Magdalena Village Hall, 108 N. Main St.

The Magdalena Village Board of Trustees took another step at its last meeting to improve and renovate the municipal wastewater system by approving an application for funding.

Mayor Richard Rumpf said the action would enable the Village to seek a planning grant from the Local Government Planning Fund of the New Mexico Department of Finance and Administration.

“It’s a grant that will fund the needed engineering to look at our entire wastewater system and make recommendations and upgrading the sewer lines feeding the lagoons,” Rumpf said.

Of primary concern is the condition of the antiquated sewer pipes.

“Ours are the old clay type,” he said. “With the grant funding, the company we contract will come in and send a video camera into the lines and then make a cost projection based on the images. There is a new system where the lining of the old terracotta pipes can be strengthened or replaced from the inside without digging up the trench.”

One alternate technique is to run a felt liner coated with a special epoxy resin into the sewer line, which is then inflated to form a new pipe within the old structure.

He said one reason to use a newer technique is that Magdalena alleys are too narrow to use digging equipment.

Regarding a related project, Rumpf said he expects the new Trujillo Well #2 to go online in August.

“After that, we’ll start on the Benjamin Well project,” he said. “That’ll be the addition of a storage tank and booster pumps at that location.”

Also at the meeting, Rumpf updated the Board on the reopening of the Magdalena Senior Center.

“We’re probably out a month or more from opening,” he said. “We’re looking at the end of June right now.

“We had long discussions over two-and-a-half days in Belen with officials from the state’s Non-Metro Area on Aging,” Rumpf said. “I also talked with other site directors and came back with new ideas and a new vision for the senior center.”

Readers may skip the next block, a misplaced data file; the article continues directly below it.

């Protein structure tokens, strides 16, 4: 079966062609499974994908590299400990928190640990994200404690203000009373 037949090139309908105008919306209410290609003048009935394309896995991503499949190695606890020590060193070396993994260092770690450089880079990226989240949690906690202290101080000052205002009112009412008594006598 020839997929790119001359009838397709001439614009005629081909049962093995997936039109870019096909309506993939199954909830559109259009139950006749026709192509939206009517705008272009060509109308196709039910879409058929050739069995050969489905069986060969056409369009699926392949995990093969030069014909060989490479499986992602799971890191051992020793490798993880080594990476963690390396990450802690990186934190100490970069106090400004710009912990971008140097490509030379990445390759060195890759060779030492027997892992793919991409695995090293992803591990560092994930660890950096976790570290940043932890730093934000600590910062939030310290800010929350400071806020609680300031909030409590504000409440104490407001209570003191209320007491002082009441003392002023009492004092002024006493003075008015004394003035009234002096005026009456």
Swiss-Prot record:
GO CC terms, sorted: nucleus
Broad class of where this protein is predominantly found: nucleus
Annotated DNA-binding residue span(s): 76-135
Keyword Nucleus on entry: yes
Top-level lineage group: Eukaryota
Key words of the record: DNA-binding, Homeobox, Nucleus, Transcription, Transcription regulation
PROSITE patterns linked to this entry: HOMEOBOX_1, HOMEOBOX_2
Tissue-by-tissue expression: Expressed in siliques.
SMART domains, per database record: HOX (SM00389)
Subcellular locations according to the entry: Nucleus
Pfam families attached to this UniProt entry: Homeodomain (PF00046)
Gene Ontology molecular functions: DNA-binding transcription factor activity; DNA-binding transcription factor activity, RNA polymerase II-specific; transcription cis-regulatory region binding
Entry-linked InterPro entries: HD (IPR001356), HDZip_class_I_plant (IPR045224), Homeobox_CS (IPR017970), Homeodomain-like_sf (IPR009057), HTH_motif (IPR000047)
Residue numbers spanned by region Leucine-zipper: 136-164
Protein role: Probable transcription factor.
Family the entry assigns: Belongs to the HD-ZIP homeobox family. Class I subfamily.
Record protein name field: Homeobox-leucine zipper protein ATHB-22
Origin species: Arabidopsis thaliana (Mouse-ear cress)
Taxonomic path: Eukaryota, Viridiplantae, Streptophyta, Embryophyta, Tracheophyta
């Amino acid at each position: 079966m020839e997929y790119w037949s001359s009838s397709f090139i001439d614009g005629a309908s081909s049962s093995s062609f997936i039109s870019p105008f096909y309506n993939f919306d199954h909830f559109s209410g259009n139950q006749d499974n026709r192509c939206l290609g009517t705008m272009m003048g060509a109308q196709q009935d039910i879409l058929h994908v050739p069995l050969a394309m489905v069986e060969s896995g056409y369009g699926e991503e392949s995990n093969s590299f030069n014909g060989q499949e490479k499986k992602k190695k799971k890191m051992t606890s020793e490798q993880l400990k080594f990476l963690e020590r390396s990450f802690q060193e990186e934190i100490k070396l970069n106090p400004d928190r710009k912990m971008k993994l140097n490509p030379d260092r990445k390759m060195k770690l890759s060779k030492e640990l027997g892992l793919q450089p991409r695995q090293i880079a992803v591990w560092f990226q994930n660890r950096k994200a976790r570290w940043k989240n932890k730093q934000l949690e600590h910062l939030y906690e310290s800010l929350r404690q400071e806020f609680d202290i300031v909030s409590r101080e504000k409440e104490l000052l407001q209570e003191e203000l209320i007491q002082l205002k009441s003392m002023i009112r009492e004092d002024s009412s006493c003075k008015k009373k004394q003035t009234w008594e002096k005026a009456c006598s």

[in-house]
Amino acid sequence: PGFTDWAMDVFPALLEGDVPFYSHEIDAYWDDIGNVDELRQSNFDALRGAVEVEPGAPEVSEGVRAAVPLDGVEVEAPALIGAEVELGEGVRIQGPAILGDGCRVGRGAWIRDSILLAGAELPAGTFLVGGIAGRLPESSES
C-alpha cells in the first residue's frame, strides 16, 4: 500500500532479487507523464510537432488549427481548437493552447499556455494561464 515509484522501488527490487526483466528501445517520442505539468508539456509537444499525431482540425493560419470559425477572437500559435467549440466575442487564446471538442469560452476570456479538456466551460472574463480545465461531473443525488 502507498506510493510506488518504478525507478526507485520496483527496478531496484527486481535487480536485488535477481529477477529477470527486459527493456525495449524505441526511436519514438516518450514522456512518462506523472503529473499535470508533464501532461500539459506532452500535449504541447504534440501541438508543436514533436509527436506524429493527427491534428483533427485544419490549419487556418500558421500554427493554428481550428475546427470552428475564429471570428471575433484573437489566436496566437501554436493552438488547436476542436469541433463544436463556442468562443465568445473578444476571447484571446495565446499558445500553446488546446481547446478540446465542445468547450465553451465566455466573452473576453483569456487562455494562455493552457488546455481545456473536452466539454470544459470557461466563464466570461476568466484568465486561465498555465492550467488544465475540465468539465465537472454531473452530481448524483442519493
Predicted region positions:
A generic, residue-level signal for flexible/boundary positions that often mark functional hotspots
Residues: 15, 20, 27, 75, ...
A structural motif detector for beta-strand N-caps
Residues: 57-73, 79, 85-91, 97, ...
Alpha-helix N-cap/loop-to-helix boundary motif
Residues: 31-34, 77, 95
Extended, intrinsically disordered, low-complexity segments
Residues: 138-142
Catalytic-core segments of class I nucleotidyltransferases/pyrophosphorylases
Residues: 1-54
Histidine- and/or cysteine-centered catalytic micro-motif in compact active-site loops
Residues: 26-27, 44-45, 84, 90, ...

He said discussions included healthy menus and new programs and activities for seniors.

“We’re working up a budget for the coming year,” Rumpf said. “From what I learned from other site directors, we’re very fortunate we have a good senior center, a good building.”

The proposed budget plans for a paid staff of two.

“We’re looking for volunteers to help things get started, assisting the cook and assist elsewhere,” he said. “If half the people who we have already talked to show up, we’ll be OK,” he said.

In the meantime, the individual food shipments to seniors are continuing.

In other village business:

The Board approved the purchase of a new fully equipped Ford F-150 Police Responder 4WD for the Magdalena Marshal’s office at a cost of $79,358.85, which is covered by the Law Enforcement Protection Fund of the DFA.

The Village agreed to the burial of the remains of 19 indigent people in the Magdalena Cemetery. The internment was necessitated by a state law that mandates county governments to be responsible for deceased indigent persons. This is the second such burial at the Village’s public cemetery. The first was in March 2021.

The Socorro County government, which has no official cemetery, turned to Magdalena for help with the interment of the remains. County Commissioner Ray Martinez pointed out that a Memorandum of Understanding between the Village and county was an excellent example of two governmental entities working together “for the betterment of our county citizens.” The MOU states that Magdalena will provide the county with designated burial plots on an as-needed basis and ensure the plots are appropriately laid out.